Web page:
Why SXSW 'Easy Living' Director Shot with 2 Cameras
First-time director Adam Keleman wanted to make a narrative that captured the feel of iconic 1969 documentary Salesman, but with women.
Easy Living, a SXSW 2017 Narrative Spotlight film, is a unique blend of auteur-era cinema and contemporary character study. Two distinct visual strategies parallel the main character's duality as she goes door to door selling cosmetics.
Director Adam Keleman sat down with No Film School in Austin to talk about shooting on two very different cameras and getting a tour de force performance from lead actress Caroline Dhavernas.
"I designed this film around resources at my disposal."
No Film School: How did you come up with the story of the main character, Sherry, a woman struggling between two different worlds that she is trying to balance?
Adam Keleman: I love the Maysles’ film Salesman. I'm fascinated with the role of the interloper. I think Sherry is an interloper in a lot of ways. She's a drifter-interloper: she goes in and out of these women's homes selling make-up, sharing intimate moments with them, and sharing maybe intimate details about herself.
In her personal life, though, she's not able to connect as much with her family or men she pursues. So there's this polish and an exterior of a suave saleswoman, but her personal life is in shambles. I wanted to make the film about this woman trying to find her place in the world, wondering where she fits in.
NFS: That polished, saleswoman part of her has a very different look in the film than her personal life. What was the visual strategy behind these different looks?
Keleman: We shot those door-to-door moments two weeks before the rest of the narrative. They’re all improvised. All the door-to-door makeup-selling moments—Caroline did everything. I gave her some guidance with some questions to ask the women. Sometimes I guided the women to ask her something, but ultimately they were all improvised. I wanted to have a little time to see if anything came up in those moments in case we would be able to integrate them into the narrative story-wise and dialogue-wise.
I wanted to shoot those early for that reason, but also, we couldn't get our camera package in time. So we embraced a different camera as part of achieving that different look.
"I have so much respect for a director like Robert Altman. The idea is that you let the actors do what they want to do."
NFS: Something about the docu-feel of the shots combined with the main character’s powder blue suit harkens to that look of the PanAm era.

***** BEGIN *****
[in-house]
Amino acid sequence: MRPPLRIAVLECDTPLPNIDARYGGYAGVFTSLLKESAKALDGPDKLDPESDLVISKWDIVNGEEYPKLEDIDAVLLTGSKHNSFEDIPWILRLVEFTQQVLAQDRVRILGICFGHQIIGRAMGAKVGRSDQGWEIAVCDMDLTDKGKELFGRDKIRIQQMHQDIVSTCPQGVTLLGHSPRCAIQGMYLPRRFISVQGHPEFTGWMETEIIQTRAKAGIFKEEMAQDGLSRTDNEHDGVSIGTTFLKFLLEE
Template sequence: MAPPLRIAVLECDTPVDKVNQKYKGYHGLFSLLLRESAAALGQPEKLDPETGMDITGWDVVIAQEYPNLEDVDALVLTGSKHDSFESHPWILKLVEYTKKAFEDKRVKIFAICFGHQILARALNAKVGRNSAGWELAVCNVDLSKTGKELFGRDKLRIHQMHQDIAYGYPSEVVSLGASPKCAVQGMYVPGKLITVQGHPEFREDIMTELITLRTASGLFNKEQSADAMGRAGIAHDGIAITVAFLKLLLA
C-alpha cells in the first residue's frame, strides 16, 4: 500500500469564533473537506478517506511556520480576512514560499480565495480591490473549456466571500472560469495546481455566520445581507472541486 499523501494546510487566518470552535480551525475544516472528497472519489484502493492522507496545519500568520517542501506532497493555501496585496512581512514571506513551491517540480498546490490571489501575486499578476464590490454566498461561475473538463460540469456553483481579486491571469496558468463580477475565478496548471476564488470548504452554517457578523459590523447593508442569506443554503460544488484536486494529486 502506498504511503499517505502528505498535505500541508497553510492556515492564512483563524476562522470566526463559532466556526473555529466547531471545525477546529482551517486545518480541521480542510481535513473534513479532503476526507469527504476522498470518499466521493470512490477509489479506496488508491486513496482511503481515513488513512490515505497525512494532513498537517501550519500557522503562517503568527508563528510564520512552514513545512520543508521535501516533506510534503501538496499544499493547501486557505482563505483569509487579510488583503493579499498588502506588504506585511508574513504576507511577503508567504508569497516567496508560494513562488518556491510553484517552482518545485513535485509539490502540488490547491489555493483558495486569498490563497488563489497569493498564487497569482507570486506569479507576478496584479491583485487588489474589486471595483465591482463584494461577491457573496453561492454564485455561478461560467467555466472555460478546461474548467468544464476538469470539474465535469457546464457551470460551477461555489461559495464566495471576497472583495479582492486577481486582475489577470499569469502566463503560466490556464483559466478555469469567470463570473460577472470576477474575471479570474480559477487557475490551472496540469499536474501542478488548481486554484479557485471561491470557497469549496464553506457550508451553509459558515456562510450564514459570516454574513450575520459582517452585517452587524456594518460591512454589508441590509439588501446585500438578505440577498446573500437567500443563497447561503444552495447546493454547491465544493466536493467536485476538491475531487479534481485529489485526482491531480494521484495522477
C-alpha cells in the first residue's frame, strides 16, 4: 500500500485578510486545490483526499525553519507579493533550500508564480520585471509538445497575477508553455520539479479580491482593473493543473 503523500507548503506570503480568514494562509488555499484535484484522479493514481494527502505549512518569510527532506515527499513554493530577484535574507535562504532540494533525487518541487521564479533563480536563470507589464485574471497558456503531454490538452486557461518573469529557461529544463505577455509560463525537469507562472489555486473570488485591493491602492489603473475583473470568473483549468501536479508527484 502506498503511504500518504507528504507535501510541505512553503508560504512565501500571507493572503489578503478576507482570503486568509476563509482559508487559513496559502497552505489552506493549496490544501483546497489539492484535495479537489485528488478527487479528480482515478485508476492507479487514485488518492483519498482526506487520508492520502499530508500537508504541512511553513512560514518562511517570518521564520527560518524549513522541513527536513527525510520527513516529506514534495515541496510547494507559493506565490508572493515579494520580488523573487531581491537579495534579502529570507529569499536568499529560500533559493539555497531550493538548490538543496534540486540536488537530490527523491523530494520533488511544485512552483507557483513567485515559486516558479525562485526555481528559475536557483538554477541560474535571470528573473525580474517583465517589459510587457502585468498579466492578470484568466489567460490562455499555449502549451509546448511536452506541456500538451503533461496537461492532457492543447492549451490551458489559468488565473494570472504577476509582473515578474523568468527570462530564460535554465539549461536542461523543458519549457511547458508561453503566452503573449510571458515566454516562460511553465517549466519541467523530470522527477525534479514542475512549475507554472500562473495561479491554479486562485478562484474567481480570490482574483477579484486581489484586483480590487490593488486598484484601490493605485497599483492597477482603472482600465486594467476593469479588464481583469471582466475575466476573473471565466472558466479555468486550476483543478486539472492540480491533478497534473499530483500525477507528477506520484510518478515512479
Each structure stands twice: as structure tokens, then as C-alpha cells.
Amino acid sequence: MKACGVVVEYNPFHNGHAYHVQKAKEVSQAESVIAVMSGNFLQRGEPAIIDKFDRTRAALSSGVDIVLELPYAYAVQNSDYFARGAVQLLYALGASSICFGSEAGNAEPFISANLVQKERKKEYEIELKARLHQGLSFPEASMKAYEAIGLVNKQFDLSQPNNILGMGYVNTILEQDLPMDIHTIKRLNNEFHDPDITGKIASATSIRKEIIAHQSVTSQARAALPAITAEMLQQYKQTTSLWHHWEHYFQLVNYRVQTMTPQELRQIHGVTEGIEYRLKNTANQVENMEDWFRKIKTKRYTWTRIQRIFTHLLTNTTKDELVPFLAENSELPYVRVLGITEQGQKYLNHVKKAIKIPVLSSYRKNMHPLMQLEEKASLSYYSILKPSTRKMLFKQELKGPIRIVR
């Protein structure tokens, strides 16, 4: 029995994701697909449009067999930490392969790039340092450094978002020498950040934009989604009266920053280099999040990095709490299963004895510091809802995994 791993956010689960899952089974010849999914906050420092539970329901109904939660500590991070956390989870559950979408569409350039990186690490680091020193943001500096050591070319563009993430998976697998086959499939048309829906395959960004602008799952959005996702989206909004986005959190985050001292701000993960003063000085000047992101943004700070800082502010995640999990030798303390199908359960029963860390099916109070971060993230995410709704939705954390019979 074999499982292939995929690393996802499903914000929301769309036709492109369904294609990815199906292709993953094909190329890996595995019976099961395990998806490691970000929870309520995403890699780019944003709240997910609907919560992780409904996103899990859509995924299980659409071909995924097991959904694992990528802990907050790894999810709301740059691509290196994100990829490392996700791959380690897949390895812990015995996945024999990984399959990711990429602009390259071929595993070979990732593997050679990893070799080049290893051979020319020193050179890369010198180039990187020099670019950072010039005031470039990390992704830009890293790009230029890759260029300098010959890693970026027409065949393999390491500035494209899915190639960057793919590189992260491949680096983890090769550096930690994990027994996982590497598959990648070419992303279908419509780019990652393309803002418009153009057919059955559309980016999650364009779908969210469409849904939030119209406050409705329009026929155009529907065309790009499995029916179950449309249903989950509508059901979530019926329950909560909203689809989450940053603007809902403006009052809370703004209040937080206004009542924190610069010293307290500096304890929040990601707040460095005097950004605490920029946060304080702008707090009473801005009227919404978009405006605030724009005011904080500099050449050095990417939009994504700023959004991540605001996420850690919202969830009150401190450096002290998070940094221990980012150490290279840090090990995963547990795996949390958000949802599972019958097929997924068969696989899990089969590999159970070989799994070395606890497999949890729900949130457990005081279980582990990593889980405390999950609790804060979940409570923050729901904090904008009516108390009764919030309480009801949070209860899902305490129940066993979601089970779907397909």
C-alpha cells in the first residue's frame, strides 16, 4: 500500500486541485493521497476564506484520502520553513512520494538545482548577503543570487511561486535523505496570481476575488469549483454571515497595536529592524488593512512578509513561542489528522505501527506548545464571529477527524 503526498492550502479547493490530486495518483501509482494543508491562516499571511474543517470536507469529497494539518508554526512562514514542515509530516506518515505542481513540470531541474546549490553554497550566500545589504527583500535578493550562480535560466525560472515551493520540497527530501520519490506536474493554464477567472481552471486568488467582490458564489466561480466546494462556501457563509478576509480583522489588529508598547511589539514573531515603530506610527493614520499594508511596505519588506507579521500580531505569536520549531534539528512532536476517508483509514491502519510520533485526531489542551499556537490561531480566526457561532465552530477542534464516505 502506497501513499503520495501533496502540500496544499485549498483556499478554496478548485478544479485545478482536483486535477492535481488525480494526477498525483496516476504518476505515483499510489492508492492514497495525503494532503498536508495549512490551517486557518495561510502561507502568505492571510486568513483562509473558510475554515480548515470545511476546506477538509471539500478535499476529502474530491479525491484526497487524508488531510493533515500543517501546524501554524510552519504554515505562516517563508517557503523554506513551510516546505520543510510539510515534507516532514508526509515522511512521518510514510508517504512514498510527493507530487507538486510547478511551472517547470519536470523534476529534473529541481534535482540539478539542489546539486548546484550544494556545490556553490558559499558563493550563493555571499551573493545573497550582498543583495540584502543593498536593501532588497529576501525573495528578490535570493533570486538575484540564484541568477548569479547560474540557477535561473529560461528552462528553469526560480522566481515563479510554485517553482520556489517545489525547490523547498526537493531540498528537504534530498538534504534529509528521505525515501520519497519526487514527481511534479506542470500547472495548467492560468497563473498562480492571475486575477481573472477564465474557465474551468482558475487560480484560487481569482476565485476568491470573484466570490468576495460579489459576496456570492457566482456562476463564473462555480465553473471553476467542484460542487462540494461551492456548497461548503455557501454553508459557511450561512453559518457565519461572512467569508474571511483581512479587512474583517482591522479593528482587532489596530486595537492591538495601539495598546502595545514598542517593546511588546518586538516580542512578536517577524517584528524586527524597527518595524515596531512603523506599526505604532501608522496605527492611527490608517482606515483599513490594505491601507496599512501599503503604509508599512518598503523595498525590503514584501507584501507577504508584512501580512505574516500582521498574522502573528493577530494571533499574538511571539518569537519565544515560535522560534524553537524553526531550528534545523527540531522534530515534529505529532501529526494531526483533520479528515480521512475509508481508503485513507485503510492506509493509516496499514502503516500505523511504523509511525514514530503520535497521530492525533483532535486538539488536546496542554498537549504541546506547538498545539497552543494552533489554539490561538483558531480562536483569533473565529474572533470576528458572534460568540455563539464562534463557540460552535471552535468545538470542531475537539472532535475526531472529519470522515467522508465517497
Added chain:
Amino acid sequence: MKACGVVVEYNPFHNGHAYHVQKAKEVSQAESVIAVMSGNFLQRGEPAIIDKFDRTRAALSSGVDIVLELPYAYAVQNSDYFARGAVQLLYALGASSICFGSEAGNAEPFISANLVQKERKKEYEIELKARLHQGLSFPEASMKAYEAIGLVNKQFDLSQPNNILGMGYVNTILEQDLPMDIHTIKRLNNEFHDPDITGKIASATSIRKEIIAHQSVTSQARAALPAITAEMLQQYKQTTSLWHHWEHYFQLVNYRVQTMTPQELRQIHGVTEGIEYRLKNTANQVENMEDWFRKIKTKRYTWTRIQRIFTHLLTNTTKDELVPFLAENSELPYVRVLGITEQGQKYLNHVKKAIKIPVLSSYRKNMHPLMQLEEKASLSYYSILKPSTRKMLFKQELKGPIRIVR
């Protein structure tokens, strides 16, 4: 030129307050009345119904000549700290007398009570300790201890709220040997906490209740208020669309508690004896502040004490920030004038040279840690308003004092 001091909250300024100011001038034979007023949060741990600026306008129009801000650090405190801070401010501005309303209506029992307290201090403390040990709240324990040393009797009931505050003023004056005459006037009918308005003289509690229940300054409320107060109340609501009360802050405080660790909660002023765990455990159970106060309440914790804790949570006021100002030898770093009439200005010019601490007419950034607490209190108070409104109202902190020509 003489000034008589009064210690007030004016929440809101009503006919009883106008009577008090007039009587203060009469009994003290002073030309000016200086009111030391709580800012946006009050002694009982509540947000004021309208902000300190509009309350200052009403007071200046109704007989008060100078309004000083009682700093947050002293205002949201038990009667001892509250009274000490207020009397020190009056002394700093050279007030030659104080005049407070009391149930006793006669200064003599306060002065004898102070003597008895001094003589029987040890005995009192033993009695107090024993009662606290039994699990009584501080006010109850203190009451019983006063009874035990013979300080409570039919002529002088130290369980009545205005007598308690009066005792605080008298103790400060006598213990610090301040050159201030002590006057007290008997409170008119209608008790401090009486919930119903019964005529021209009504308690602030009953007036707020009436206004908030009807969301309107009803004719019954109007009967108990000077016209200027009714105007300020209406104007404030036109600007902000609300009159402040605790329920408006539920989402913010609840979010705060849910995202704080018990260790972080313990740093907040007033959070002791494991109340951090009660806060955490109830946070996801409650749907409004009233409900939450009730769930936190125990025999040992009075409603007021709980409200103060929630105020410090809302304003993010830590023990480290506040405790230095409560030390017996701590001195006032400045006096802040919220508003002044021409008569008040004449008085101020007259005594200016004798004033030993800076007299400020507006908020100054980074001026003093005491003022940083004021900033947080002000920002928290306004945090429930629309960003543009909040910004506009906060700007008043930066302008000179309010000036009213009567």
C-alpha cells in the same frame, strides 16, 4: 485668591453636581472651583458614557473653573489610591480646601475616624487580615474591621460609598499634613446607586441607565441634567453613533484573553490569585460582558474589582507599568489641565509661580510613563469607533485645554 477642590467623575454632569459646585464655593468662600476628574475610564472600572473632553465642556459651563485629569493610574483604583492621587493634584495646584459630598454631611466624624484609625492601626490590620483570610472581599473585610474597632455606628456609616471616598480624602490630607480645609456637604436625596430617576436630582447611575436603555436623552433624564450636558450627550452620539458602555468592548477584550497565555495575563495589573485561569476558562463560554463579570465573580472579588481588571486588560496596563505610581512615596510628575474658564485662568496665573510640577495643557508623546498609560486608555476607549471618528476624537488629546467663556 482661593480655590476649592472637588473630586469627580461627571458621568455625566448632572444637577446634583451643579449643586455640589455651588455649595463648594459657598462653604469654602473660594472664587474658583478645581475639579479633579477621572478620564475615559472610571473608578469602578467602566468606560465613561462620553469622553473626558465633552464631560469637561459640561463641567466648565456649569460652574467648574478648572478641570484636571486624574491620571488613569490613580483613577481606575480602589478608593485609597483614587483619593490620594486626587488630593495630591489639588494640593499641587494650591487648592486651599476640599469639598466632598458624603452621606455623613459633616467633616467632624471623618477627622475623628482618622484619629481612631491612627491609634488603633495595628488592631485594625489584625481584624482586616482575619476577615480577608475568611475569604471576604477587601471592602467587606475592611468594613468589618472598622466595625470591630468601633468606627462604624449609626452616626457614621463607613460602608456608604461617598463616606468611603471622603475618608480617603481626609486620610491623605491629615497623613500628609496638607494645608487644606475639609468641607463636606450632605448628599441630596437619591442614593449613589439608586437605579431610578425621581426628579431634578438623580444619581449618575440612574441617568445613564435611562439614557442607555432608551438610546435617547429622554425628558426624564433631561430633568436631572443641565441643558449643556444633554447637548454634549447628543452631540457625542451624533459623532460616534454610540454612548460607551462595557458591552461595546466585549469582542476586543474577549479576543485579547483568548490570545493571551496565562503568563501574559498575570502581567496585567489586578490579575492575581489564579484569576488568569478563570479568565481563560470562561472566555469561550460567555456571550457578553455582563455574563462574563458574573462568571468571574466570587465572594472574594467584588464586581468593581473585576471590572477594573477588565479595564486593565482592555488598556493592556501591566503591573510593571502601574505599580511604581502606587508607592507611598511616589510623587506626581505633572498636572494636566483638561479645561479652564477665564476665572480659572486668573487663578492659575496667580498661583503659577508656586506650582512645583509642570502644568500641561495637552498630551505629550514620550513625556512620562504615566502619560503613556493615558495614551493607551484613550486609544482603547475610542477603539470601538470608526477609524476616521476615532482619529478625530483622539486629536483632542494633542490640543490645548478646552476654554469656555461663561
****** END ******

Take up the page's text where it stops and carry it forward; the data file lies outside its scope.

Keleman: Since we used a different camera, we used a glossier lens that gave it a shine. I think that helped a little bit to show this polish and whimsy. Since we had two cameras, so I think there's more of a looseness in those scenes in a way. I think that helps.
NFS: It's more of that Salesman feel.
Keleman: Totally. I think that helped dig into her character in those very specific moments. And then she goes back into her other life. She’s not a phony, but there's a lot hidden in her. She doesn't reveal a lot. I think you see it come out at the end. That was the choice we ultimately made in order to have a little bit of a different look, to show her in two different lights.
NFS: How did you work with your DP, James West, to pull off the contrasting visual styles?
Keleman: I let James run with it. We had to make a fast decision about the door-to-door makeup selling moments because the camera package that we received through the Film Independent AbelCine Camera Grant wouldn’t come in time for the improvised moments. One of our associate producers was like, "I have this camera and it looks okay." It was Panasonic GH4. Then we were able to get another camera for cheap, so we did the two camera thing. It was great to have the two cameras because it allowed us to do a lot of different things: slow zooms sometimes and pans, and have just a general wide.
"On the first day on set, my jaw was just wide open in awe...."
NFS: This film is very performance-driven by Caroline Dhavernas, who plays Sherry. Did you rehearse? How did you create the space to get those performances from her?
Keleman: I had two conversations with her before I saw her in person, because she lives in Montreal. So we had two different Skype conversations. It was casual, but they were great and she dug into it.
The first thing we shot were those make-up selling moments, and we didn't really say that much. I have so much respect for a director like Robert Altman. The idea is that you let the actors do what they want to do. Obviously, you give them little notes here or there, but you just let them come up with it because they'll add something so unique that you did not even think of.
What Caroline brought to it was something magical. On the first day on set, my jaw was just wide open in awe because she was so confident. She just brought this energy that I had no idea [about]. I'm such a huge fan of her work, and in this role, she showcases her range. She can dip as seamlessly into comedy as earnest drama. She has a very expressive face. I feel like she could be a silent actress. She has such control, and it was really wonderful to watch.
NFS: What's your best piece of advice for aspiring filmmakers?
Keleman: I designed this film around resources at my disposal. Whatever you're interested in—whatever character or themes you want to explore—frame them around the locations you have, the props you have, and the actors you have access to.
For more, see our complete coverage of the 2017 SXSW Film Festival.
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